Nobody wants to admit they’ve been a bad friend – especially if the person they’ve mistreated has been an exceptional pal throughout the entire friendship.
But unfortunately not all of us can follow suit, especially when life gets in the way and emotions run high. Without realising, you end up becoming distant and less supportive of your friend.
And while this is natural, what’s not okay is to avoid talking about the situation with your friend – or ghost them completely.
You may not even realise you’ve been a bad friend, as your actions have seemed so minimal that it doesn’t even cross your mind that you may have caused upset.
But if you’re in two minds as to whether you’ve been a bad friend or not, have a read of the 10 signs below that’ll help you make your mind up.
To you, it doesn’t seem like you’re ignoring them.
But if they’re messaging you on social media and you’re reading what they’re saying but completely blanking the message, that counts as you being incredibly rude.
Sure, you may plan to chat with them in person instead, but that little ‘read’ message from you may end up upsetting your friend, and wondering what they’ve done wrong for them to be ignored.
This is a no-brainer. If you’ve started slagging off your friend, you’re in the wrong, even if it’s just to tell another friend about an annoying thing they did the other day.
If you’re not saying it straight to them, you’re being unfaithful to your friendship.
It’s natural to poke fun at each other in a friendship, but it’s not so funny when you’re doing it in front of a crowd. This could make your friend feel belittled and embarrassed.
What may be funny to you, may not be so funny to your friend when they’re being laughed at by a group of people they’re not comfortable with.
If you feel as though you need to change your friend, you shouldn’t stay in that friendship.
Friendship isn’t about changing each other, it’s about accepting one another.
Minor changes to help them feel better, such as suggesting they try to relax and not be so highly-strung, are fine.
But if you’re attempting to change your friend’s personality – and image – entirely, you need to re-evaluate your motives.
If your friend is in a healthy relationship, you should be happy for them.
I’m sorry, but you are the toxic friend if you’re that person who’s constantly trying to make your friend think of their partner badly, putting negative situations in their head, or slagging off their partner at every opportunity when they have an argument.
Your friend is in a relationship, accept it.
If you can’t, you need to take a long hard look at yourself and wonder why you can’t stand your friend getting attention elsewhere.
(Of course, if you have genuine concerns about a mate’s partner, you should definitely tell your mate about them. Just be gentle in how you do it, yeah?)
Friendship is mainly built on trust. When you’re close, you tell each other everything and it should stay that way – with each other.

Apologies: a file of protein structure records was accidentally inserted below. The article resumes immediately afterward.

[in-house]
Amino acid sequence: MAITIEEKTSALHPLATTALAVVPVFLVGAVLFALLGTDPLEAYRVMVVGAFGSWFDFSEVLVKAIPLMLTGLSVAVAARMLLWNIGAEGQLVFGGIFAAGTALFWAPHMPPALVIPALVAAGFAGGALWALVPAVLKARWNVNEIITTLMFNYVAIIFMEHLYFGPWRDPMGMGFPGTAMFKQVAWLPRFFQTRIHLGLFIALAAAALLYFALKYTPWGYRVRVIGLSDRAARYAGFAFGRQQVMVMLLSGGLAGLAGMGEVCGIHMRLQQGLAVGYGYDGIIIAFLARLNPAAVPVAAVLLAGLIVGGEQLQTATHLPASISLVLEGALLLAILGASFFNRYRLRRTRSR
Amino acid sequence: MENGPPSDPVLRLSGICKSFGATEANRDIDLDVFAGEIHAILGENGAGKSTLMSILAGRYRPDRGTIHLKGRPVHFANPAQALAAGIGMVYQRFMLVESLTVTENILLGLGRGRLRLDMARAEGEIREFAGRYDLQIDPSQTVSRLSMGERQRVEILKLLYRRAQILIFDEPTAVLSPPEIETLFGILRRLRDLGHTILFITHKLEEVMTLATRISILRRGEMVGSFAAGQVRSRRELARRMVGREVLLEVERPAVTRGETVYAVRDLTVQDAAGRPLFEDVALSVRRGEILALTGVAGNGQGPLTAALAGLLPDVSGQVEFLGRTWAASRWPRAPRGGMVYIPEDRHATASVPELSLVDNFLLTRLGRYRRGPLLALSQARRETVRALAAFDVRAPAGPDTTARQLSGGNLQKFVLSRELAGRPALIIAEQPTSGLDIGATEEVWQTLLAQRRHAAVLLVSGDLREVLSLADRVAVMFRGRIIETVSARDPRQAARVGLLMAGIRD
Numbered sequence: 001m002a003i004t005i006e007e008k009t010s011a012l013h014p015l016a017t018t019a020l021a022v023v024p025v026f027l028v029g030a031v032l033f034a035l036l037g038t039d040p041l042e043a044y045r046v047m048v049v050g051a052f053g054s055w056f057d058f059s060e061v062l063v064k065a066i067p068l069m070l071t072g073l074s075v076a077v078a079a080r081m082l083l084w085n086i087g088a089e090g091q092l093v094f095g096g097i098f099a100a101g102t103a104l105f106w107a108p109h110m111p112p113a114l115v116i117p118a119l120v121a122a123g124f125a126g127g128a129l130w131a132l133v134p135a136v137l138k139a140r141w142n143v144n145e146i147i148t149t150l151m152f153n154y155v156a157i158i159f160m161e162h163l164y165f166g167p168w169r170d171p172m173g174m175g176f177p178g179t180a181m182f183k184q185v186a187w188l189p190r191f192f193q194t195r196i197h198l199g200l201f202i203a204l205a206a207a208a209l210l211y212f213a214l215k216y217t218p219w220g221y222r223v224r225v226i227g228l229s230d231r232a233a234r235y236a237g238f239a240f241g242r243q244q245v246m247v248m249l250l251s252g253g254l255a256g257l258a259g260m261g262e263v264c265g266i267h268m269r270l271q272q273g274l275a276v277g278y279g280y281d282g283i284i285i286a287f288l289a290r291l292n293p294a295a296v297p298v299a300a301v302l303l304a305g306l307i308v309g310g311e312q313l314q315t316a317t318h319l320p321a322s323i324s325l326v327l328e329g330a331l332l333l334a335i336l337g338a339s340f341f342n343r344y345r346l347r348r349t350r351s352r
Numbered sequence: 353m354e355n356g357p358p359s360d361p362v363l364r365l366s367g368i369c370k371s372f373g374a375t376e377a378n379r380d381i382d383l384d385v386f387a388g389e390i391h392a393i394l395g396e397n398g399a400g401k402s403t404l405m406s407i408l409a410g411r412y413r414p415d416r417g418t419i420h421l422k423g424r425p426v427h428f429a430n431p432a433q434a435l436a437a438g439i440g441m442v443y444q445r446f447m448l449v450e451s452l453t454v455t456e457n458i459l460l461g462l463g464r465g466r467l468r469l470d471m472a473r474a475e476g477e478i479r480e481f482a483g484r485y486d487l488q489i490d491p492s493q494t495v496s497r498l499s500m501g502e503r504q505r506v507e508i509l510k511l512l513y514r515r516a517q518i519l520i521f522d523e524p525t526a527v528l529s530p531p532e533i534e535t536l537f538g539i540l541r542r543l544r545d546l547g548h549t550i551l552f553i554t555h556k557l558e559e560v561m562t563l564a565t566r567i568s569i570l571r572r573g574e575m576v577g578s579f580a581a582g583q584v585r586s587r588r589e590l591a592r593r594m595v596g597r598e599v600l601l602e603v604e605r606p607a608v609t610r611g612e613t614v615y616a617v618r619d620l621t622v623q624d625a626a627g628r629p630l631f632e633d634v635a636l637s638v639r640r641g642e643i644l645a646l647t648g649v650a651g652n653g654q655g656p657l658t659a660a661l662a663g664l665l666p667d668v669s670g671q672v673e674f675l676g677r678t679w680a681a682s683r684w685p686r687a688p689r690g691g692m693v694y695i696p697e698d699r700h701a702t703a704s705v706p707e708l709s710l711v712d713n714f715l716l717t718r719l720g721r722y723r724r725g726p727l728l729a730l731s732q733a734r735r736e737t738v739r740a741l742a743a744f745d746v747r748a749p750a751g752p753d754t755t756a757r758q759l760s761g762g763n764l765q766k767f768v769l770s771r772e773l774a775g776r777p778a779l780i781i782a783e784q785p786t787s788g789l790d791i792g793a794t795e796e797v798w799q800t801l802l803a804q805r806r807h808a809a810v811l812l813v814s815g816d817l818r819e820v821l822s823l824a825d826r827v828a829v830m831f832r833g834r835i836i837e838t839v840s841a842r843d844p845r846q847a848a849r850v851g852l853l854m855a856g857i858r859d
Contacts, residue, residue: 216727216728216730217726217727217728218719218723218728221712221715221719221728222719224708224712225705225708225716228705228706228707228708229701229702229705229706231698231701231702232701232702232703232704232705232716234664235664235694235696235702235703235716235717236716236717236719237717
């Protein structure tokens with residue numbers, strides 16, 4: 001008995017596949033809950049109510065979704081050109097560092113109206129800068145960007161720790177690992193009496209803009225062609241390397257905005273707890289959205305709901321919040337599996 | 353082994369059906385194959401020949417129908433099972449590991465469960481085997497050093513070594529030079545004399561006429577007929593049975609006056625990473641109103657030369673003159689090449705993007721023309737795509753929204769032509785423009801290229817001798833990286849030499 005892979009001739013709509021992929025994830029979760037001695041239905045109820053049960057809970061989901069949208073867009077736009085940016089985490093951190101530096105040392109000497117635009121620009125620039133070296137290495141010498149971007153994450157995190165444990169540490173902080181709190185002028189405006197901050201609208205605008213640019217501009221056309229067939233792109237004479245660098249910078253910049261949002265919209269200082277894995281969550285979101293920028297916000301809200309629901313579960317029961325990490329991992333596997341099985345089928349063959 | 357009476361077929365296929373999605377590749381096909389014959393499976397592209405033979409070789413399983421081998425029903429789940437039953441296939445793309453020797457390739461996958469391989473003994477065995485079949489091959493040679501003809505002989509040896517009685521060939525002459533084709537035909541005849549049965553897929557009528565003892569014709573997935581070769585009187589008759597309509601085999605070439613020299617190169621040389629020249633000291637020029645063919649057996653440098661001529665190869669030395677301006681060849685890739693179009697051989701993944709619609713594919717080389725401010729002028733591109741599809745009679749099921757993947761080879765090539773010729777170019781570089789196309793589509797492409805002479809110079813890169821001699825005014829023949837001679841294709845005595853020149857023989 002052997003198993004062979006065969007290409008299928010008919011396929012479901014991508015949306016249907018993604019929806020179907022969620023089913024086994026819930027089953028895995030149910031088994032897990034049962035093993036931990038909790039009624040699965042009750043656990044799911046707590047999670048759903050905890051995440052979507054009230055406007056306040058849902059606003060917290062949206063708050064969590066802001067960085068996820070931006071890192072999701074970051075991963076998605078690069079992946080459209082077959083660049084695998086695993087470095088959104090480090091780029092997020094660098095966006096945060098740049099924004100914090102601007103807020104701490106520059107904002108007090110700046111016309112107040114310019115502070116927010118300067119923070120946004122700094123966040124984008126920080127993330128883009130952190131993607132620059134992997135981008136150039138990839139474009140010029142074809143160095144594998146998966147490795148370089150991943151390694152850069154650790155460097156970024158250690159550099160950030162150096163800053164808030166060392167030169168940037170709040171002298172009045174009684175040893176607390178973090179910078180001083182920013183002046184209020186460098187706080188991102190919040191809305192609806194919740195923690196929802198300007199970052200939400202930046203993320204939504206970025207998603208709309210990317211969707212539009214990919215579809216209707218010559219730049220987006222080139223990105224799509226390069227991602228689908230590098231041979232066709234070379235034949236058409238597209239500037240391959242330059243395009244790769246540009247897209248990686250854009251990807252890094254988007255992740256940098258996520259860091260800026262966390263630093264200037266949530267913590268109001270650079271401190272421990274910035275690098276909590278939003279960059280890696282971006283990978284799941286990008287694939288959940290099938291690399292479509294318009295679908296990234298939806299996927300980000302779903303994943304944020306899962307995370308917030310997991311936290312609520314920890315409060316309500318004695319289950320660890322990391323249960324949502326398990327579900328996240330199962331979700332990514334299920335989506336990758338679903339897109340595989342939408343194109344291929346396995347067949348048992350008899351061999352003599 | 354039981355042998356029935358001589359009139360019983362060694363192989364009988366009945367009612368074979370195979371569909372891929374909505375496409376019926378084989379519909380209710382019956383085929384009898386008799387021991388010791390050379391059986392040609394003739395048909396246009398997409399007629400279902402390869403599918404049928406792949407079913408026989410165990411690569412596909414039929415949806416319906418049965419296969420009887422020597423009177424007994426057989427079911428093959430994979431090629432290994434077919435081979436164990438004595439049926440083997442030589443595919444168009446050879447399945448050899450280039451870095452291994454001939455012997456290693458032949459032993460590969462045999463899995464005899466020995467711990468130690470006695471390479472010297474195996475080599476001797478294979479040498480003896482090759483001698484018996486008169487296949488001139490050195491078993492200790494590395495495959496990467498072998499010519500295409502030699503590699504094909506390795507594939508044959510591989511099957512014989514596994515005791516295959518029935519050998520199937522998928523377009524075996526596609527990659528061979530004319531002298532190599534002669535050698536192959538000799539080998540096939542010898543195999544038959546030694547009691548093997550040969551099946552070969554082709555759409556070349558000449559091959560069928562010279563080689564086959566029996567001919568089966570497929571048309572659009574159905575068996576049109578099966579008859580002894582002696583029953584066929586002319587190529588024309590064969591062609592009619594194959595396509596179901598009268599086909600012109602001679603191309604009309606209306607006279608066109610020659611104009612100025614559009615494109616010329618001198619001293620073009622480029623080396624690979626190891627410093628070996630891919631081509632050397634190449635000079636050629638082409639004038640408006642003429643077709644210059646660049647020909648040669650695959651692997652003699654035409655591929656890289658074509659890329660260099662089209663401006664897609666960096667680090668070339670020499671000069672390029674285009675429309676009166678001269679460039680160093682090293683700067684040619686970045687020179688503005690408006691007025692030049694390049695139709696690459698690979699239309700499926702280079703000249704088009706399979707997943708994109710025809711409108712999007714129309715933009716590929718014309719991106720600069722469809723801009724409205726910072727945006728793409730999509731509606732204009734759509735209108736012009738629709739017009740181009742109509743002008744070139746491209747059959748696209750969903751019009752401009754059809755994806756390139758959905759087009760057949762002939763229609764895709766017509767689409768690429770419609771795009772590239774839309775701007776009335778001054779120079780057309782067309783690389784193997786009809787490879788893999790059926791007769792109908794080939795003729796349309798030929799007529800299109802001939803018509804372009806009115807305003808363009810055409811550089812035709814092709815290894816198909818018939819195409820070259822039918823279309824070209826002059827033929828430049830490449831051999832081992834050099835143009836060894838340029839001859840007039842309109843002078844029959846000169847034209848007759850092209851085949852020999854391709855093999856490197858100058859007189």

If you’ve told others your friend’s secrets, you’ve crossed the boundaries of friendship.
When your friend confides in you, they should be able to trust that the information they’re sharing is only shared with you – it’s not fair for you to go on to relay that information to other people without their permission.
I’m not talking accepting a free meal when you haven’t been paid, I’m talking about becoming so accustomed to your friend paying for you – expecting it, even – and feeling annoyed when they refuse to do so.
Friendship usually consists of a ‘you scratch my back, I’ll scratch yours’ kind of thing.
If they were to buy you breakfast, you buy them lunch, and so on. If they’re buying both meals – and the rest – regularly, that’s not okay.
Don’t rely on your friend to support you, and never expect it.
It’s inevitable that within a friendship, there’s going to be some arguments.
The important thing when this happens is that you accept when you are wrong so that you can continue to improve your friendship.
But if you refuse to ever take the blame, you’re not learning anything, and all you’re really doing – while it may feel great to never apologise – is pushing your friend away in the process.
If your friend’s lipstick is smudged, tell them. Likewise, if they’re wearing their shirt inside out.
But if they’re wearing something – or doing something – that gives them confidence and makes them feel good, who are you to take that away from them?
Just because you don’t like something, doesn’t mean they won’t either. Don’t rain on their parade when there’s really no need.
While there’s sometimes going to be one friend that’s a little more outgoing than the other, it’s important to remember that a friendship – scrap that, any relationship – should be equal.
If you find that you’ve become the dominant one, making all of the decisions, judgements and in turn pretty much taking ownership of the friendship, you need to take a step back and evaluate things.